Office Hours: W 9–10am, F 11–12am
I conduct research in human–computer interaction, at the intersection of personal information management, user interface design, ubiquitous computing, and computer-supported cooperative work. My work focuses on helping people to overcome the day-to-day challenges of information overload.
As computing has become an increasingly pervasive part of our lives, people now have access to their electronic information across a larger variety of networked devices, in more places, among different groups of friends or co-workers, and while participating in a broader range of activities than ever before. And as access to information increases, so does the amount of information that people create, receive, share...and have to manage. Most of the computing interfaces that people use on a daily basis simply weren't designed to help us make sense of information at this scale. In my research, I aim to address this problem—I study how people manage their information in the real world, and I design new interfaces and computing systems to minimize the impact of information overload.
I'm particularly interested in re-examining the interfaces that we use every day—file browsers, the desktop, our smartphone home screens—and the ways that electronic information is represented within our computing systems in order to help make the next generation of computers more responsive to the ways that people naturally organize and manage their projects, collaborations, and everyday lives. In my previous jobs, I've taught various programming and ubiquitous computing courses, and I at least try to keep up with a few hobbies to stay balanced.
I'm always interested in working with motivated students! If you are currently enrolled at CU, please email me for more information about signing up for independent study course credits. If not, please take a look at the information for prospective students on the CU-Boulder admissions web pages, as well as the specific PhD applications requirements for information and computer science.
Current and Featured Research Projects
Multitasking & Email Study
Giornata (Activity-Based Computing)
Recent Articles, Papers, and Presentations
- Matthews, M., Abdullah, S., Murnane, E., Voida, S., Choudhury, T., Gay, G., & Frank, E. (2016, August). Development and evaluation of a smartphone-based measure of social rhythms for bipolar disorder. Assessment 23(4), 472–483.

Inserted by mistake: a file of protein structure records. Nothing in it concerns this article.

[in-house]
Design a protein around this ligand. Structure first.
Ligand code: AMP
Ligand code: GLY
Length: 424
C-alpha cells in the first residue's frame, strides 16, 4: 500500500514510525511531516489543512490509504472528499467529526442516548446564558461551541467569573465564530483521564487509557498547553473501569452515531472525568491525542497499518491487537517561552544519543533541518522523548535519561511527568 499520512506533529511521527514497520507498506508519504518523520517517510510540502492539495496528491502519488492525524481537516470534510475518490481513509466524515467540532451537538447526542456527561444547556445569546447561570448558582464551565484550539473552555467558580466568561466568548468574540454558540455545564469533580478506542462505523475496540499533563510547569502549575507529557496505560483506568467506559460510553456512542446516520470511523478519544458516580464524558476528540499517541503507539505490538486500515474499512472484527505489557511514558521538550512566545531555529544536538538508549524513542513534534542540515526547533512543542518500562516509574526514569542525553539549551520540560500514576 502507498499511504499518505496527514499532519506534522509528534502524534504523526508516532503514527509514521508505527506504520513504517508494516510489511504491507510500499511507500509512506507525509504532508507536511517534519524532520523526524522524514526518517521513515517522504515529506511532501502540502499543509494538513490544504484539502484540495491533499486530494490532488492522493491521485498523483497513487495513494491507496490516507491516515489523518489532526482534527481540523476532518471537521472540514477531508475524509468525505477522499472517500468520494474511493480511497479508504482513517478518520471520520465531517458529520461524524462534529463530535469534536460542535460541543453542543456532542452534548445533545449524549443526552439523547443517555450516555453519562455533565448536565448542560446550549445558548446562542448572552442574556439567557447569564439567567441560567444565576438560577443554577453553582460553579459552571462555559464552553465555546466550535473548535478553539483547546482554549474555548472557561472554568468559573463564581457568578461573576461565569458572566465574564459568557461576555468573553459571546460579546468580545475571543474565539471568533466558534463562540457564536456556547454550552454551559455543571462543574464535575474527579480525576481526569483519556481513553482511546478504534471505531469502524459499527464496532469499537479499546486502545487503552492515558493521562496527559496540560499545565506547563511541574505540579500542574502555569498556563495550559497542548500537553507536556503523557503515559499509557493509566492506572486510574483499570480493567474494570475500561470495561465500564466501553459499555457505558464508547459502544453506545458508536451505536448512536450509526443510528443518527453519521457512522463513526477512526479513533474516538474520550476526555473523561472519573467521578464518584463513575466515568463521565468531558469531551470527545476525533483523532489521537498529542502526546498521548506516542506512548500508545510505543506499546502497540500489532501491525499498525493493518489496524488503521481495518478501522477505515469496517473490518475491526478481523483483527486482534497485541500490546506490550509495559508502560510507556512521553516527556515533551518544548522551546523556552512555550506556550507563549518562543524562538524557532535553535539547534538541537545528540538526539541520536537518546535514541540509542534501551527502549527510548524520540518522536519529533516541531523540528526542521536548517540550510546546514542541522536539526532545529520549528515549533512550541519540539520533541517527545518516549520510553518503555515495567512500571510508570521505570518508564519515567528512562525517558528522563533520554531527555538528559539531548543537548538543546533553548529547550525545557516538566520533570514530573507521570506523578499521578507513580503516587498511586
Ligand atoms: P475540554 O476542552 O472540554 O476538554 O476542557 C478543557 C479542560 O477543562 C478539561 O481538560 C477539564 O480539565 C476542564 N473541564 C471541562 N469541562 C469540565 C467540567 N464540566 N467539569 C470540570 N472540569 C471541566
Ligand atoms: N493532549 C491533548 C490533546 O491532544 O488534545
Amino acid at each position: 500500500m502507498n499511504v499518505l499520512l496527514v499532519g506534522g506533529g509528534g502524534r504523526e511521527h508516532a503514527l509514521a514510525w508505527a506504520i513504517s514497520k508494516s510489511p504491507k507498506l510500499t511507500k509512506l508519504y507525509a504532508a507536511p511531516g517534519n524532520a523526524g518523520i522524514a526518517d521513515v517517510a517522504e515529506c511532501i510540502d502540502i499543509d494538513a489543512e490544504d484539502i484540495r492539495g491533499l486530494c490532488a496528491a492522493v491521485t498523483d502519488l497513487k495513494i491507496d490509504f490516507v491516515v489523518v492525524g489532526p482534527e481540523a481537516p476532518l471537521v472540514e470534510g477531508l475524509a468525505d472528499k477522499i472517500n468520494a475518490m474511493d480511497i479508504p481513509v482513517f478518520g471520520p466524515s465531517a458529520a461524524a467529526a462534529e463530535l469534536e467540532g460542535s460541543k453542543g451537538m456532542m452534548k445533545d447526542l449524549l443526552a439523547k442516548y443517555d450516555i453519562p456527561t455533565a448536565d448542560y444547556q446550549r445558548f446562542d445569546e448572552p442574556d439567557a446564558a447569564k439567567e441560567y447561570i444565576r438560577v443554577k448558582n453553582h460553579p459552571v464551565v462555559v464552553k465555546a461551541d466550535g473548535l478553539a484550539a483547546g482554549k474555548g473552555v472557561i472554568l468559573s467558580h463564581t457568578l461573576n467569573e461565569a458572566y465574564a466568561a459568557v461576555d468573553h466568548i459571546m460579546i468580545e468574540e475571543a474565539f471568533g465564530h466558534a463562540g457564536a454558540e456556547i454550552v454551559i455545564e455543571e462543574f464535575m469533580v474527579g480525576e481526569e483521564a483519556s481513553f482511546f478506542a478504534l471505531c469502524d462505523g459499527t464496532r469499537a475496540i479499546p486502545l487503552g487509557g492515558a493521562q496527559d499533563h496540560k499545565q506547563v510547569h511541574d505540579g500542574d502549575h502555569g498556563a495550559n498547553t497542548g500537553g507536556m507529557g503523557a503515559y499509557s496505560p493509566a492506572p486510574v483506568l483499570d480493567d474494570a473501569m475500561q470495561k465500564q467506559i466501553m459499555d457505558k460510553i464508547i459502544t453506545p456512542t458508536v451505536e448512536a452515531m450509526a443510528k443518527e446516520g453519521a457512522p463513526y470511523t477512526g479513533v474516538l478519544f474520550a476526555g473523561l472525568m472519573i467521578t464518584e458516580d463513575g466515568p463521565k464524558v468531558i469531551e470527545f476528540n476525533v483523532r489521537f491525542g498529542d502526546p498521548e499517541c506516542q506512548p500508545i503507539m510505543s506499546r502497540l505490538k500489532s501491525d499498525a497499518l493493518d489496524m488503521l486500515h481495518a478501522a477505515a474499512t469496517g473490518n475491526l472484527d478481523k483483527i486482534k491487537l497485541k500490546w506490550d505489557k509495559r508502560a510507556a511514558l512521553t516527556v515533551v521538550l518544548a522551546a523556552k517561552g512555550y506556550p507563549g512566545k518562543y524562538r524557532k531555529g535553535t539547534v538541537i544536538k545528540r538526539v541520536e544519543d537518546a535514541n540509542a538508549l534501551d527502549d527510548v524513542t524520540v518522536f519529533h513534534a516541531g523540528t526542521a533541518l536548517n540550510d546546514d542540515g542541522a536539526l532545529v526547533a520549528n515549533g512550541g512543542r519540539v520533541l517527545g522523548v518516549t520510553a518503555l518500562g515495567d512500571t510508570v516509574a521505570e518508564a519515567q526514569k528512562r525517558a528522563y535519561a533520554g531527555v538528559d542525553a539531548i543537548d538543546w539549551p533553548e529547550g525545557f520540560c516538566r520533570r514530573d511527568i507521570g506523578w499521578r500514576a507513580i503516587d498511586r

- Jia, Y., Xu, B., Karanam, Y., & Voida, S. (2016). Personality targeted gamification: A survey study on personality traits and motivational affordances. In Proceedings of the SIGCHI Conference on Human Factors in Computing Systems (CHI 2016, pp. 2001–2013), San Jose, California, May 7–12. ACM Press.
- Holden, R.J., Voida, S., Savoy, A., Jones, J.F., & Kulanthaivel, A. (2016). Human factors engineering and human–computer interaction: Supporting user performance and experience. In Fennell, J.T., & Dixon, B.E. (Eds.), Clinical Informatics Study Guide: Text and Review (pp. 287–307). Cham, Switzerland: Springer International.
- Voida, S., Jia, Y., Karanam, Y., Chambers, A., Dara, J., Alderhami, A., Bodke, K., Shrikhande, D., & Despard, J. (2015). Challenges, feedback & notifications: Empirical explorations to inform the design of interfaces to motivate and encourage long-term personal informatics use. Position paper for the UbiComp 2015 workshop on New Frontiers of Quantified Self: Finding New Ways for Engaging Users in Collecting and Using Personal Data, Osaka, Japan, September 7.
- Matthews, M., Voida, S., Abdullah, S., Doherty, G., Choudhury, T., Im, S., & Gay, G. (2015). In situ design for mental illness: Considering the pathology of bipolar disorder in mHealth design. In Proceedings of the 17th International Conference on Human–Computer Interaction with Mobile Devices and Services (MobileHCI 2015, pp. 86–97), Copenhagen, Denmark, August 24–7. ACM Press.